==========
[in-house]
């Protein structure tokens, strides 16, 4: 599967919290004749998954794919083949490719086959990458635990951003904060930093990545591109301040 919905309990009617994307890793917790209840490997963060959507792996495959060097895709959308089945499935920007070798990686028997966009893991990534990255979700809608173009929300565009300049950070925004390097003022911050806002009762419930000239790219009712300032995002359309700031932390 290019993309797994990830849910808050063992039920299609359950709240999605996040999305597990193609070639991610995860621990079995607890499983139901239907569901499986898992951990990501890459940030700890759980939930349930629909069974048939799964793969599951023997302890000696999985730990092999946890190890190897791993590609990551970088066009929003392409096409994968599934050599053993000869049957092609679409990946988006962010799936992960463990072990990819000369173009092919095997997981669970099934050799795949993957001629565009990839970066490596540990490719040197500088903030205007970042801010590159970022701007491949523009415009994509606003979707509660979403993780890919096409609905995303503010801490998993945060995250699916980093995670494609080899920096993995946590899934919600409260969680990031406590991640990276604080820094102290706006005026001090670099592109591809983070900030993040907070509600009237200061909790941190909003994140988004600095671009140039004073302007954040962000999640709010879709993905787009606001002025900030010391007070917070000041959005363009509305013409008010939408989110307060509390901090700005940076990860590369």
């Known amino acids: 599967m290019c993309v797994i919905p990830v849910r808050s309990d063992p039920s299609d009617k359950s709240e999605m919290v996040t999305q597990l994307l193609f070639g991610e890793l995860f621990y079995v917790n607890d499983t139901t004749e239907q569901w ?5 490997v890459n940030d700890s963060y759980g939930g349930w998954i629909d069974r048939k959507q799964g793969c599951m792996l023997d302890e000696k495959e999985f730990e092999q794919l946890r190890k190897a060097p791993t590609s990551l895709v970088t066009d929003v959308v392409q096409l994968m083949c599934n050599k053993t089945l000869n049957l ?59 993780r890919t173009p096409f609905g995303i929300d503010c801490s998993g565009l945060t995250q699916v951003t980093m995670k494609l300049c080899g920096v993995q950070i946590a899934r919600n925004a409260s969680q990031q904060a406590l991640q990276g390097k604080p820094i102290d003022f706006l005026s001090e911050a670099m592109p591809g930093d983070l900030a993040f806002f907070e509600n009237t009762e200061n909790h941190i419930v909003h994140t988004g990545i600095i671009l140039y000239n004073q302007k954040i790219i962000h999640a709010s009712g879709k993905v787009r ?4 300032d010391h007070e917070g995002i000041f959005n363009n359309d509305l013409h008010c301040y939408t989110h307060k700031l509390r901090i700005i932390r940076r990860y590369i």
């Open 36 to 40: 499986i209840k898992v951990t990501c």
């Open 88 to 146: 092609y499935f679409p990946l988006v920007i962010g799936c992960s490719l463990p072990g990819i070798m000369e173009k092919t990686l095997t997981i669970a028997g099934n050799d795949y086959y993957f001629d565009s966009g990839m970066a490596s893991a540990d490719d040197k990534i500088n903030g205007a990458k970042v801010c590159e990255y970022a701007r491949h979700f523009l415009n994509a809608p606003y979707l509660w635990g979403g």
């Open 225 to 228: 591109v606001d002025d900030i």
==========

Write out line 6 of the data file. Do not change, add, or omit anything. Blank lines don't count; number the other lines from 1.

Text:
């Open 225 to 228: 591109v606001d002025d900030i």